In a previous post I noted a growing gap between parties above the threshold of electability and those below, one that was unusual by Slovakia’s standards. Thanks to the generosity of UVVM, FOCUS and IVO, which opened various archives to me during my time in Slovakia, I can now show a much longer time series (though numbers before 1999 are sketchier than those after because of a relative dearth of polls and less systematic methods of reporting.
Here is the development of the gap over time between the smallest “viable” party (i.e. one with more than 5%) and the largest “non-viable” party (i.e. one with less than 5%):
Something is clearly changing. With the exception of a few surveys in 1999 (like the result of the temporary consolidation of small parties into the Slovak Democratic Coalition) there were very few gaps larger than 5% from Slovakia’s first election in 1990 until its most recent in 2006 (in fact only one in twenty polls during that period showed such a large gap) whereas since 2006 there are almost no gaps smaller than 5% (only about one in ten). In fact the band around the threshold of viability now utterly empty: since the 2006 election not a single party has had a monthly polling average in the range between 3.3% and 7.2%. Not one.
As might be expected, the gap has meant a sharp reduction in the overall share of preferences received by small parties. The graph below shows the same trend.
Small parties used to collect about 10%-20% but this is no longer the case. The total number of preferences for parties below the 5% threshold in August 2008 was 4.2%. Put in other words, even if all the supporters for obscure parties banded together (not very likely), they would not together have enough to cross the threshold. Between the 1990 and 2006 elections only 17 of the 161 months with surveys showed a sum below 5%; since the 2006 elections only 1 of the 26 months shows a sum above 5%.
There is no single clear explanation for this change but there are several reasons that might make sense:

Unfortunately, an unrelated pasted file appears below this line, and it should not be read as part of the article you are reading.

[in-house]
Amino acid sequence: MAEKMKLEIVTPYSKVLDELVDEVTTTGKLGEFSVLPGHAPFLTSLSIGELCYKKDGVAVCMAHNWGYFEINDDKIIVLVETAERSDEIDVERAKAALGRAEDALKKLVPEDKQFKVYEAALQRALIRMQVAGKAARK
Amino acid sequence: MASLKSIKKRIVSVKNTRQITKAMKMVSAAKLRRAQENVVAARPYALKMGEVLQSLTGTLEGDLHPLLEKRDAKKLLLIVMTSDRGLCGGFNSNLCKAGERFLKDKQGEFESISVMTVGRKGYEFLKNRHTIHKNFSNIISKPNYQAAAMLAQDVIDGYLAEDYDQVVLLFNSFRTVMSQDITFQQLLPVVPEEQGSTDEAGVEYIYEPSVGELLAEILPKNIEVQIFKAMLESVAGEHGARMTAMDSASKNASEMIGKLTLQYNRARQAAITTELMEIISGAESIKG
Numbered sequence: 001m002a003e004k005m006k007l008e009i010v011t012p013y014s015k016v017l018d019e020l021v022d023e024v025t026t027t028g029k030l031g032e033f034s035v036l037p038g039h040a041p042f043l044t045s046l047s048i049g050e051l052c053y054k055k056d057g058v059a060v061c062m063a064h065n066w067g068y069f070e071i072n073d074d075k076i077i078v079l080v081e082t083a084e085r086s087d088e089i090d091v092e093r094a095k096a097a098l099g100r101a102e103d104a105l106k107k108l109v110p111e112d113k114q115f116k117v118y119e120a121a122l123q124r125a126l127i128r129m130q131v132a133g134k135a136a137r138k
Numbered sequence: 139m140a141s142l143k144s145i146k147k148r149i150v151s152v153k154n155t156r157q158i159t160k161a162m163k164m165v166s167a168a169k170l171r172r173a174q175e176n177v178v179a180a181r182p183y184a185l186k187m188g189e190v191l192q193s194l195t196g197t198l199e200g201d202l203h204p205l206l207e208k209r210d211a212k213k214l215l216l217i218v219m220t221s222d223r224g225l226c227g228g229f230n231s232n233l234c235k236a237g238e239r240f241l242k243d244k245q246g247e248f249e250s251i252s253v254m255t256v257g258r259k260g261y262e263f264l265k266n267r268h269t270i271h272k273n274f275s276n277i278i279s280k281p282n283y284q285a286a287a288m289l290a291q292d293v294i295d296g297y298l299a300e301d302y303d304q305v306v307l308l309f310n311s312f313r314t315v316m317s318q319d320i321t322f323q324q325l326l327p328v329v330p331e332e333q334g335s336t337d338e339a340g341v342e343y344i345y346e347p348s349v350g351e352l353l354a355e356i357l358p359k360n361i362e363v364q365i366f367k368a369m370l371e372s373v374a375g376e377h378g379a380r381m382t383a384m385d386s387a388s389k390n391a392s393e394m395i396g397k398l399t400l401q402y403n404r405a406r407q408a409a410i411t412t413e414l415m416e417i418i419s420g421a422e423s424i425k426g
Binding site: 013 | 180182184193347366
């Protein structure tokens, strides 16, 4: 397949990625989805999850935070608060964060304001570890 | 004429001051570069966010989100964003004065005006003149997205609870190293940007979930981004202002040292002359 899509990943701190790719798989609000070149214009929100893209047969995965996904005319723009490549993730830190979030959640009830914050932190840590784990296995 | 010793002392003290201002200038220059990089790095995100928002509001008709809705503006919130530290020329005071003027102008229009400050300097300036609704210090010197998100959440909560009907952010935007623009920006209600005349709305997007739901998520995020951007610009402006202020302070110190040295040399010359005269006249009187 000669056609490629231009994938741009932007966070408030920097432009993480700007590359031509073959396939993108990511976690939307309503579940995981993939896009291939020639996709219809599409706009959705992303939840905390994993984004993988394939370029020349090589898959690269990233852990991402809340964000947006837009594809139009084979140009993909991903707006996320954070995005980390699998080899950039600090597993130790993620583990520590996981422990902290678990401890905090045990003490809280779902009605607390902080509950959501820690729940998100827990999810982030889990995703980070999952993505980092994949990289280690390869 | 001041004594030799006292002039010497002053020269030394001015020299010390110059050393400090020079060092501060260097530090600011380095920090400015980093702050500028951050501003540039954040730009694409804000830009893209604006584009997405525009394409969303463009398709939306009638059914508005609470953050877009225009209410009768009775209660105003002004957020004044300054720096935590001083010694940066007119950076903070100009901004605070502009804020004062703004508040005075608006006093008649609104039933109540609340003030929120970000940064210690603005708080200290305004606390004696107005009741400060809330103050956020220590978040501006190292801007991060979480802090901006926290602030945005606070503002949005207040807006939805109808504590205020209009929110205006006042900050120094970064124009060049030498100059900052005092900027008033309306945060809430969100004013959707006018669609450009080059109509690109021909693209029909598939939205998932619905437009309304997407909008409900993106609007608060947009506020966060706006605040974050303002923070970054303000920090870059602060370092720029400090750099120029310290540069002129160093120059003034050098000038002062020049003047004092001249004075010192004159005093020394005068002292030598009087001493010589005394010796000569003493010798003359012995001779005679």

- Smer and SDKU have “mopped up” several of the smaller parties (and the re-unification of SNS helped in this direction as well).
- Voters have finally decided that they do not want to “waste” their votes on small parties (though of course “waste” is a contentious term in itself since there are reasons to vote for parties that have nothing to do with those parties’ chances for election to parliament). Evidence from recent IVO surveys shows that voters think consciously about the support received by the party they intend to vote for and are less likely to vote for a party that might not get elected (preferring to give their votes to an electable second choice). Unfortunately we do not have older data on this and cannot easily perform a time series.
- Media and financial structures have come to play such a strong role in party choice that small parties which cannot get media attention or financial sponsorship cannot attract meaningful support and drop from the public radar screen.
The current “all-or-nothing” pattern of party support does not mean that there is no chance for new parties, but it does suggest that it is even more difficult for a party to to climb its way up from below as KSS did in 2002. As before, new parties will need to drop in from above as big splinters of even bigger parties with dissatisfied electorates (DU, and to some extent ZRS and Smer) or as saviors (Smer, ANO, SOP).